Growing up with dyspraxia can be a very lonely place at times – particularly if you grew up in a time where it was almost unheard of or you were the only one among your peers who had it.
It was my, as I am sure countless others’, experience that there was an endless amount of support for parents of children who had dyspraxia but once you reached the age of eighteen there were no support groups for adults who had dyspraxia – at least none that I could find.
I can’t discount the fabulous support that Harry from Dyspraxia Ireland gave, and still gives, me from the beginning of my adulthood up to the present day and giving me continuous guidance along the way.
Nevertheless, I still felt (and very much still do) very out of place – like I don’t belong, like I don’t fit in anywhere and longing to meet someone who just understood exactly how it felt.
When I saw that there was a conference on in Birmingham in October 2019 for adults who have dyspraxia, my first thought was “I wish something like this could happen over here because I would love to attend”. Then I remembered that I was a big girl with a job and earning my own money – so with a few minutes of ping-ponging between “Will I?” “Won’t I?”, I decided that I would, and booked my flights and ticket before I lost my courage.
The morning of the conference arrived and I was very nervous. Was I doing the right thing? What if I got lost – I had never been to Birmingham before and my mother had unintentionally succeeded in making me terrified about the train station.
But I got to the airport and managed to board the right flight.
The weather that day was awful and so, ironically, despite travelling from another country, I was first there. I was very nervous to begin with but then I was met by two very friendly people at the check in desk who made me feel so welcome and handed me a name badge with my full name on it and where I was from and I felt like I belonged.
Then everybody started arriving and I started overhearing conversations and I thought “I belong, these people sound exactly like me”.
I met some people who I had been speaking with online and it was great to finally meet Pete who, by setting up Dyspraxia and Life Magazine, had given me a voice and an outlet to express myself to people who would understand.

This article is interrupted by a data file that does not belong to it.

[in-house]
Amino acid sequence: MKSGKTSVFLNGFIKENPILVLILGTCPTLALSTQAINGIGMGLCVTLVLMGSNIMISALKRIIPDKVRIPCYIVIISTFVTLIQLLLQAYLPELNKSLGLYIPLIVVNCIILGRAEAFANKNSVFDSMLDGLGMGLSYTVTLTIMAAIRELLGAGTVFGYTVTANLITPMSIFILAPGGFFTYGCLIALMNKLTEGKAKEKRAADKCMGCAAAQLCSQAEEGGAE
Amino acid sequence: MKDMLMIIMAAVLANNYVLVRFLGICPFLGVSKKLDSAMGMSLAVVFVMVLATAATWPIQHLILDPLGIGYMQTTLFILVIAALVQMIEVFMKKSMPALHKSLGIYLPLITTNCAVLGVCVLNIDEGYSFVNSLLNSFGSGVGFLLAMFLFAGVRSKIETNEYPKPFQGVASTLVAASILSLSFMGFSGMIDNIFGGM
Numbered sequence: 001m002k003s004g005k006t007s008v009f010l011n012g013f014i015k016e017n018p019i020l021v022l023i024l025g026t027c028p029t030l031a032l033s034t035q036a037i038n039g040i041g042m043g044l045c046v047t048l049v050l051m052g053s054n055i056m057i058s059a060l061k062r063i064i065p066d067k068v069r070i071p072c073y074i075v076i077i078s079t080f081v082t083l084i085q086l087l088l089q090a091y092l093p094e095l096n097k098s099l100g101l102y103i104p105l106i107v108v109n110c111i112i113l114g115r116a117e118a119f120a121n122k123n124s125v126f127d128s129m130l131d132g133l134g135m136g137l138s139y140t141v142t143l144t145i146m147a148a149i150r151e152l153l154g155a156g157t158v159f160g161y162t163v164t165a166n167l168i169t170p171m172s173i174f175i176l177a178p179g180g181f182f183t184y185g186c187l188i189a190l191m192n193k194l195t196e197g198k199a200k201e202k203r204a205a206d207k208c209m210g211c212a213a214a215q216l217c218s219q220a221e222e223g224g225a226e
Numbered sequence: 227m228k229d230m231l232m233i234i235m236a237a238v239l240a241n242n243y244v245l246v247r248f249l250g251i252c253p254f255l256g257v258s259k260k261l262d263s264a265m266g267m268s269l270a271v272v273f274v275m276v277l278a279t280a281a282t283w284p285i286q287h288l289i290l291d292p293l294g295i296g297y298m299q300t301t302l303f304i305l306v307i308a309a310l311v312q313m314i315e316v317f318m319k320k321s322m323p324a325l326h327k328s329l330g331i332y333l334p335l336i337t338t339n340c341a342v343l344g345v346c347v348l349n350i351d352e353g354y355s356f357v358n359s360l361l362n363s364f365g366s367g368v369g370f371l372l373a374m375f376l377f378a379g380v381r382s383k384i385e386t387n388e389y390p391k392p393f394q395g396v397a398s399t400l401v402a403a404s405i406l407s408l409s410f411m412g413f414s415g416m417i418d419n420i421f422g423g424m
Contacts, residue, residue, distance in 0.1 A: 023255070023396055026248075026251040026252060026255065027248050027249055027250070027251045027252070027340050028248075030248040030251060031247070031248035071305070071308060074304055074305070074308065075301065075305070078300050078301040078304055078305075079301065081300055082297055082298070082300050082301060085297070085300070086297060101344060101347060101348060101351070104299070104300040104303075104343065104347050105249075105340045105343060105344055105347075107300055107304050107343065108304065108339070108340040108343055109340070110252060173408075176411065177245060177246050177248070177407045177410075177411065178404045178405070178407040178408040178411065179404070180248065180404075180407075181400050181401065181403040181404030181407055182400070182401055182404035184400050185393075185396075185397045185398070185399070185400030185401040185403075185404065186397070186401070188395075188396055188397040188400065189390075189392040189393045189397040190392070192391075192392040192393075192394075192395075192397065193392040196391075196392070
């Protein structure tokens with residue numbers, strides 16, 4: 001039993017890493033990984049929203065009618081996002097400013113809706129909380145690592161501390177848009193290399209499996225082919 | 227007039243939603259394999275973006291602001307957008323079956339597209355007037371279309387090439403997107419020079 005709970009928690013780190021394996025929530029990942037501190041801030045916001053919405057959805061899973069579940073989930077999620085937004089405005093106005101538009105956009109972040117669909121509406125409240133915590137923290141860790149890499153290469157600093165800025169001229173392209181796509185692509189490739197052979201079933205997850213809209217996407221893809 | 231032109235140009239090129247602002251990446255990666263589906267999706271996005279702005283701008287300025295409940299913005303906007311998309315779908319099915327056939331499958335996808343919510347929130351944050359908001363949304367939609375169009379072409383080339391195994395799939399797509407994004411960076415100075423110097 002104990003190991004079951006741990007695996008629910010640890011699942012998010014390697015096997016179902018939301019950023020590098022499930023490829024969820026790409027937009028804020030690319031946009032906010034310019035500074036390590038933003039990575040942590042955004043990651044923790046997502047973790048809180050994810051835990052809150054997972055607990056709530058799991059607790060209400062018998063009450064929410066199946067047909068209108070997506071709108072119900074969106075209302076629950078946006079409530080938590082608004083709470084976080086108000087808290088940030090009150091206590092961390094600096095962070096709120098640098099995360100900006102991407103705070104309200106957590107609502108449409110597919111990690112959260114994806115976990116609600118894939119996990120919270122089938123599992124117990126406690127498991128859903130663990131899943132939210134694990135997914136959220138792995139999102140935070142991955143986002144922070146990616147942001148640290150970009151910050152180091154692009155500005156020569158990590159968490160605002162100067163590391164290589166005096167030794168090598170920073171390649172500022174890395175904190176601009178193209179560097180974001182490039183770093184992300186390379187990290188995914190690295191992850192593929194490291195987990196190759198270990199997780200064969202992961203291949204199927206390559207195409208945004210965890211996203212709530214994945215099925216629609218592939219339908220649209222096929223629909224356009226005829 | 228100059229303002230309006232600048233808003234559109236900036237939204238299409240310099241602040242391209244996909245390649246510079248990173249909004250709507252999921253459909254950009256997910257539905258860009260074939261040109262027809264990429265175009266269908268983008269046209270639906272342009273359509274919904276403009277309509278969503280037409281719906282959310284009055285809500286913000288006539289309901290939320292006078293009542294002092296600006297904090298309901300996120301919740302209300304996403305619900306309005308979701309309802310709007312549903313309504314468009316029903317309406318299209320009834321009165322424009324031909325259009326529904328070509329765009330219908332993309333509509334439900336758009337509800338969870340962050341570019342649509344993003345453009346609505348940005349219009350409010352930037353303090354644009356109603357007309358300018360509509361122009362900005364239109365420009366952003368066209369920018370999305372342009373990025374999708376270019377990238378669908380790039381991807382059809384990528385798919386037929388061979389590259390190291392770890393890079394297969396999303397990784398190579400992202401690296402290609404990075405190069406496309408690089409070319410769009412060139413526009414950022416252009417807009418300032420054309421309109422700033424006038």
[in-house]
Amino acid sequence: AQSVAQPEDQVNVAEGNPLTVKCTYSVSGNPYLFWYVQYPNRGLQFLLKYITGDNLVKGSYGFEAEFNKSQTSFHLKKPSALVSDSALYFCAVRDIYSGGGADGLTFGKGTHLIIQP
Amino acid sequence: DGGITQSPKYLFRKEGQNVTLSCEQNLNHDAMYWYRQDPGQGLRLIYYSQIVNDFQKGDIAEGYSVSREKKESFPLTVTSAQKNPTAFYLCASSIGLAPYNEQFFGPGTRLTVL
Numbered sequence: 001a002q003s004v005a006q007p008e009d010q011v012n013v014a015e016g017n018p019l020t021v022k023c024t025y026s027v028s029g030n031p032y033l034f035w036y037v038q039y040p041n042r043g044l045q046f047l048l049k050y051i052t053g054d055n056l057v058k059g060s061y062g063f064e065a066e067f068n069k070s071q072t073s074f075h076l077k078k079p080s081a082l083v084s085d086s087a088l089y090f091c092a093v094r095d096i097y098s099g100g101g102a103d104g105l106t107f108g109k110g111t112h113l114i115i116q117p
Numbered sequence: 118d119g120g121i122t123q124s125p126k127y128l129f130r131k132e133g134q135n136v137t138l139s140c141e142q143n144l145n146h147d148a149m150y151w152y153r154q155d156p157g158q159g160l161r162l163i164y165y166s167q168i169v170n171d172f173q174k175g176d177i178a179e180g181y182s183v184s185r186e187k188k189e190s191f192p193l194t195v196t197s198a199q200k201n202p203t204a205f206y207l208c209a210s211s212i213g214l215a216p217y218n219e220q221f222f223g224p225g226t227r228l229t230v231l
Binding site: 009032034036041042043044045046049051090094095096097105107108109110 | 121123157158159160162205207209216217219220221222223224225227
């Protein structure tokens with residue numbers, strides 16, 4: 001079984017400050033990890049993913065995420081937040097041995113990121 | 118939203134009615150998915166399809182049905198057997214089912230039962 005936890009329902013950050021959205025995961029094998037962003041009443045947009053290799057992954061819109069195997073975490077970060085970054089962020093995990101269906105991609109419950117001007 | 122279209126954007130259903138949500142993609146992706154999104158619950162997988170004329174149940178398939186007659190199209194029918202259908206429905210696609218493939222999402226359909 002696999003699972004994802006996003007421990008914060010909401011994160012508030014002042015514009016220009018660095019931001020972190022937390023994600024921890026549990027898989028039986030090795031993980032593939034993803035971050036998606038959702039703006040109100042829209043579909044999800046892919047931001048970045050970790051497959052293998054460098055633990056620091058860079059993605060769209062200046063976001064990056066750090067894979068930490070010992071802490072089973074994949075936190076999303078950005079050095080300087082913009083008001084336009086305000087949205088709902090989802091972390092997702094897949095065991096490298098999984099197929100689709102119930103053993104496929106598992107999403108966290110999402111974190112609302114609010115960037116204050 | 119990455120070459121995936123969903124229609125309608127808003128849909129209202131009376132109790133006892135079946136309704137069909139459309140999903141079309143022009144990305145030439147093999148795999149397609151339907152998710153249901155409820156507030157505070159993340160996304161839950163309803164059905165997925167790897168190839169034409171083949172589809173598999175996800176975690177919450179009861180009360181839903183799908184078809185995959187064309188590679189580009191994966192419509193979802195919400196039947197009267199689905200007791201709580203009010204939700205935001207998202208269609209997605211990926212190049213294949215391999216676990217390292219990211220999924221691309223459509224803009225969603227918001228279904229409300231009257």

Being at the conference was incredibly emotional and very special. For the first time in my life I felt like I fit in and that I belonged and wasn’t the odd one out.
Nobody batted an eye lid when I spilled my milk on the floor or spilled crumbs of pastry – because they were doing it too. All the speakers understood that people who have dyspraxia have great difficulty with concentration and listening for longer than a few minutes at a time. We were given permission to get up and walk around and stretch and fidget as many times as we wanted or need – that was so lovely – they understood.
The conference helped me to develop a better understanding of why I become fatigued so easily and why I experience burn out. It helped me realise why I experience low self esteem, depression and anxiety.
What struck me was the thought and effort that went into the day.
There were information leaflets about learning to drive when you have dyspraxia, tips for managing finances when you move out of home for the first time, tips on being organised in the workplace, tips for managing sleep, anger, stress and anxiety.
They had thought of everything.
It was wonderful to see such a huge emphasis on mental health. There is so much emphasis on dyspraxia being primarily to do with coordination – people don’t realise how it can affect your mental health and self-esteem.
By far the most emotional part of the day was hearing a few people share their real life experiences about their struggles with jobs. I got a massive lump in my throat because that one cut close to the bone – but then I look around the room and saw everyone else nodding in agreement and realised they all had the exact same struggles when it came to working life.
When the conference was over I sat with a few of the people who I had met from support groups. We had a drink before we headed off to the train station and the airport.
I flew back home that evening with a sense of hope, confidence and happiness – I belonged.
Nothing can ever put a price on that feeling.
Having gone to the adult conference in Birmingham, I really want something like that to happen over here in Ireland and if I ever came into some money it would be one of the first things that I did – give the adults with dyspraxia a sense of the belonging that I felt.
I’d definitely go back, no question.
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